The cinematography of The Fugitive Kind is also noteworthy, with director Sidney Lumet capturing the claustrophobic atmosphere of the small southern town, and using contrasting light and shadow to great effect.

However, the plot of the film can be slow-moving at times, and some viewers may find it difficult to fully engage with the characters and their struggles.

18. The Morning After (1986)

“The Morning After” is a suspenseful thriller that will keep you on the edge of your seat until the very end.

Jane Fonda delivers a powerful performance as the alcoholic actress who wakes up in a stranger’s bed, only to find out that he’s been murdered.

As she tries to piece together the events of the night before, she becomes embroiled in a dangerous game of cat and mouse with the killer.

The film’s tense atmosphere is expertly crafted, with director Sidney Lumet using the dark and moody Los Angeles backdrop to great effect.

Jeff Bridges is also excellent as the enigmatic ex-cop who helps Fonda navigate the dangerous world she finds herself in.

While some may find the plot twists and turns to be a bit contrived, the film’s strong performances and expert direction more than make up for any flaws.

The Morning After
  • Amazon Prime Video (Video on Demand)
  • Jane Fonda, Jeff Bridges, Raul Julia (Actors)
  • Sidney Lumet (Director) - James Hicks (Writer) - Bruce Gilbert (Producer)
  • English (Playback Language)
  • English (Subtitle)

19. King: A Filmed Record… Montgomery to Memphis (1969)  

King: A Filmed Record… Montgomery to Memphis is a powerful and moving documentary that chronicles the life and legacy of Dr. Martin Luther King Jr. through a compilation of newsreel footage, interviews, and speeches.

The film is a must-see for anyone interested in civil rights history or the legacy of Dr. King.

What sets this documentary apart is its raw and unflinching portrayal of the struggles and triumphs of the civil rights movement.

The footage is often graphic and difficult to watch, but it is a necessary reminder of the violence and injustice that Dr. King and his followers faced on a daily basis.

The film is also a testament to Dr. King’s incredible oratory skills.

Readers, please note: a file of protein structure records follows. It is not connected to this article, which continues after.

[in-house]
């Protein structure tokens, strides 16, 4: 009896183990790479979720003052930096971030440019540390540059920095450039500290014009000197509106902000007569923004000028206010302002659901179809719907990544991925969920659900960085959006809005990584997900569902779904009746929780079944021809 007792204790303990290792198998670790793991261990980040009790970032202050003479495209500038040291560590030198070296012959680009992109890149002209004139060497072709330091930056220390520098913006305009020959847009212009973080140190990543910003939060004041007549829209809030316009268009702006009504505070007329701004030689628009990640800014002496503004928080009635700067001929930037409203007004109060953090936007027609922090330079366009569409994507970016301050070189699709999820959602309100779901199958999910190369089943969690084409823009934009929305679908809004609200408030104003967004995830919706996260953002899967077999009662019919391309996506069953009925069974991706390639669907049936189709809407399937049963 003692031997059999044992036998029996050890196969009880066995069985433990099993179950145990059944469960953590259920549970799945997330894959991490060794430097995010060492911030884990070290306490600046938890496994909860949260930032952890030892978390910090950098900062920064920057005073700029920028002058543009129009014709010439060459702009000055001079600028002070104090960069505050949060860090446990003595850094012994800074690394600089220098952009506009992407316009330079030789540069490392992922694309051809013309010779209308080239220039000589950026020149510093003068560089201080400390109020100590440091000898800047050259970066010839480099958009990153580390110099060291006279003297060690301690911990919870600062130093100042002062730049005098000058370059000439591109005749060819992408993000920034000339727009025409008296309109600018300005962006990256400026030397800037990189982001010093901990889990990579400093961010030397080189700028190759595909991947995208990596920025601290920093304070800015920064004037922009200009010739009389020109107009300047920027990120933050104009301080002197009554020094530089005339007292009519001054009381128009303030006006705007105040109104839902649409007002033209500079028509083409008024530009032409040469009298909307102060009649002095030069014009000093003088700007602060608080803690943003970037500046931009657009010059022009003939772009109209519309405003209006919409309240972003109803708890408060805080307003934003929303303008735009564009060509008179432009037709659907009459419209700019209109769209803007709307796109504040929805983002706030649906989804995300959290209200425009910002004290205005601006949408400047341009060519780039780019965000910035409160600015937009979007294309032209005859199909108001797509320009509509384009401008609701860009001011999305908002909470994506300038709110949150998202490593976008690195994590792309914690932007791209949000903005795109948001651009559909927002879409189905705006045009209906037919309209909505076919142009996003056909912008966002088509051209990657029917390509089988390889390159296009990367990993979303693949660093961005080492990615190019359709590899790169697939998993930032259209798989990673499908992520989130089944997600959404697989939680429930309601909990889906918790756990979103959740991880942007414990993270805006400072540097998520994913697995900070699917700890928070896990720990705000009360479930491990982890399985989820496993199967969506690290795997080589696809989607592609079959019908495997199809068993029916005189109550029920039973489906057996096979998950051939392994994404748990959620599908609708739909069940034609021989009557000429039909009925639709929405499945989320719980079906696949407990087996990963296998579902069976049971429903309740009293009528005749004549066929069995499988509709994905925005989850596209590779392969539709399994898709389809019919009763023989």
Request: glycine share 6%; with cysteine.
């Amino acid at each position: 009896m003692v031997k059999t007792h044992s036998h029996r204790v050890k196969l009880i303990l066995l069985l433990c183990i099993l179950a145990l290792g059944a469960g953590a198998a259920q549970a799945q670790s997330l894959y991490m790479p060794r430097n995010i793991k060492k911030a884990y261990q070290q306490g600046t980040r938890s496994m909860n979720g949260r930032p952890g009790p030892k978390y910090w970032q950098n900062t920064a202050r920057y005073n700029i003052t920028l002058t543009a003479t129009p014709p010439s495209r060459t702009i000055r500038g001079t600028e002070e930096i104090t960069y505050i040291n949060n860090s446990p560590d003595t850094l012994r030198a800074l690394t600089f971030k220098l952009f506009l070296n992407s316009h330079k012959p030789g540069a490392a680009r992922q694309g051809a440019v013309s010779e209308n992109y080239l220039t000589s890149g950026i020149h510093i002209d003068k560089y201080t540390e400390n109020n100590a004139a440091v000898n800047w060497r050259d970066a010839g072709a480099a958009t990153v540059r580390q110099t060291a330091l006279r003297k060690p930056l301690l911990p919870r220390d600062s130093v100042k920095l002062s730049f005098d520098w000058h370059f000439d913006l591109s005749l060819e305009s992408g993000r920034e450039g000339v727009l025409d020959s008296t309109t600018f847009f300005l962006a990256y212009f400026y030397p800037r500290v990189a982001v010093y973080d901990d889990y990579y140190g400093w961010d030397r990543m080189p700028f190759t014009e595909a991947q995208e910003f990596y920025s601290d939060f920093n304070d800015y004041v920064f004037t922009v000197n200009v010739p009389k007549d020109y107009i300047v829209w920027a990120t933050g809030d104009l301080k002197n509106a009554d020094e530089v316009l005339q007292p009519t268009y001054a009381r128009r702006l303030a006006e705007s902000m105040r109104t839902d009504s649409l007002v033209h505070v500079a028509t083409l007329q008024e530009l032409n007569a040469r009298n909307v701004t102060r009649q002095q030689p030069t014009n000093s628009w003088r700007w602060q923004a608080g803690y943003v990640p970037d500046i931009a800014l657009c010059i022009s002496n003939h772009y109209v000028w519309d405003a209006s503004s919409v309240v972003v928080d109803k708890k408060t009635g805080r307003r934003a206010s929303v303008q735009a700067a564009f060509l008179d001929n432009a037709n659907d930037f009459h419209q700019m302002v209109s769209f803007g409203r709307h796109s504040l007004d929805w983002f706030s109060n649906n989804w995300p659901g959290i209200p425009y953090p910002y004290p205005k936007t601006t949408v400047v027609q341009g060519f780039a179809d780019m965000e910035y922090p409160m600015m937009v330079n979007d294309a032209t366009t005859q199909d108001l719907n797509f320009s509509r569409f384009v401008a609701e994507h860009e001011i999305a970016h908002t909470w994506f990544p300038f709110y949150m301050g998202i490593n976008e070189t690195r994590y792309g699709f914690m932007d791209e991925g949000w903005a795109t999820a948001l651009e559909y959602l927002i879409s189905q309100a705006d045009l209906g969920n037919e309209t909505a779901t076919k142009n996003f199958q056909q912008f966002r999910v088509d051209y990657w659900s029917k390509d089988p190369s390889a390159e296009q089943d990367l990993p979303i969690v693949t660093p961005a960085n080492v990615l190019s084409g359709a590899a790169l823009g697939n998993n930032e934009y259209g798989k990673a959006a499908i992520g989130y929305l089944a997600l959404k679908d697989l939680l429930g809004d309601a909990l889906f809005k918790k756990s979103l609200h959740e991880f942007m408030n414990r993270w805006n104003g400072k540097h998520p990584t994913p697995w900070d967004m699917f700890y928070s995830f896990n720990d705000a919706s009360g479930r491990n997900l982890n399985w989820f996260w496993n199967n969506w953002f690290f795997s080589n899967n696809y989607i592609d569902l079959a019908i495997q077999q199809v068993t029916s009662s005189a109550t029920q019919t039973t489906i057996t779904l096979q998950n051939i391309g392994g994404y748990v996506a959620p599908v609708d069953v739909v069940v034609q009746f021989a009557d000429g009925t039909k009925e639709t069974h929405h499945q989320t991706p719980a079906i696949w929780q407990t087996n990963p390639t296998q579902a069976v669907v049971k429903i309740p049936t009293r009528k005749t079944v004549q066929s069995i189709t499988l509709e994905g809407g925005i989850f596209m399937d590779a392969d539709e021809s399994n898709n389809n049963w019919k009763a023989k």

His speeches are woven throughout the film, and they are just as powerful and relevant today as they were decades ago.

The film does an excellent job of capturing the essence of Dr. King’s message and the impact he had on the civil rights movement.

King: A Filmed Record - Montgomery to Memphis
  • Amazon Prime Video (Video on Demand)
  • Paul Newman, Joanne Woodward, Ruby Dee (Actors)
  • Sidney Lumet (Director) - Ely A. Landau (Writer) - Richard Kaplan (Producer)
  • English (Playback Language)
  • English (Subtitle)

20. Stage Struck (1958) 

“Stage Struck” is a delightful musical comedy that captures the essence of Broadway in the 1950s.

Susan Strasberg shines as Eva Lovelace, a young and ambitious actress who dreams of making it big in the theater.

Her talent and determination lead her to the attention of legendary producer Lewis Easton, played by Henry Fonda, who takes her under his wing and helps her navigate the cutthroat world of show business.

The film is a love letter to the theater, with stunning musical numbers and gorgeous sets that transport us to a bygone era of glamour and romance.

Strasberg’s performance is captivating, and she brings a vulnerability and authenticity to her character that makes us root for her every step of the way. Fonda is equally impressive, delivering a nuanced portrayal of a man who is both tough and tender, and whose love for the theater is matched only by his fondness for Eva.

Director Sidney Lumet masterfully captures the energy and excitement of the stage, and the film’s witty script and catchy songs make it a joy to watch.

“Stage Struck” is a true gem of a movie, a timeless classic that celebrates the magic of the theater and the power of dreams.

Highly recommended for fans of musicals, romance, and classic cinema.

Stage Struck (1958) [ NON-USA FORMAT, PAL, Reg.0 Import - Italy ]
  • Stage Struck (1958)
  • Stage Struck (1958)
  • Henry Fonda, Christopher Plummer, Susan Strasberg (Actors)
  • Sidney Lumet (Director) - Stage Struck (1958) (Producer)
  • Italian (Subtitle)

Characteristics of Sidney Lumet Movies

 Sidney Lumet’s movies are distinguished by their strong moral and ethical messages.

He is one of the few filmmakers who has remained true to his art.

Sidney Lumet was born on December 28, 1915 in New York City.

His father was a Russian-Jewish immigrant and his mother was an American-born Jew, who had been raised in Texas and Louisiana.

Lumet attended Public School 7, where he made friends with many future actors and filmmakers such as Marlon Brando and Eli Wallach.

He then went to Hillside School for Boys in New Jersey, where he played football for three years before being expelled for “fighting.”

After graduating from high school, Sidney Lumet enrolled at the University of Arizona (UA) where he studied architecture until his sophomore year when he decided to attend the Yale School of Drama’s graduate acting program instead.

Best Sidney Lumet Movies – Wrapping Up

Sidney Lumet has directed a number of classic films during his career. We hope you’ve found this guide to the best Sidney Lumet films useful.

 

Ready to learn about some other Film Movements or Film History?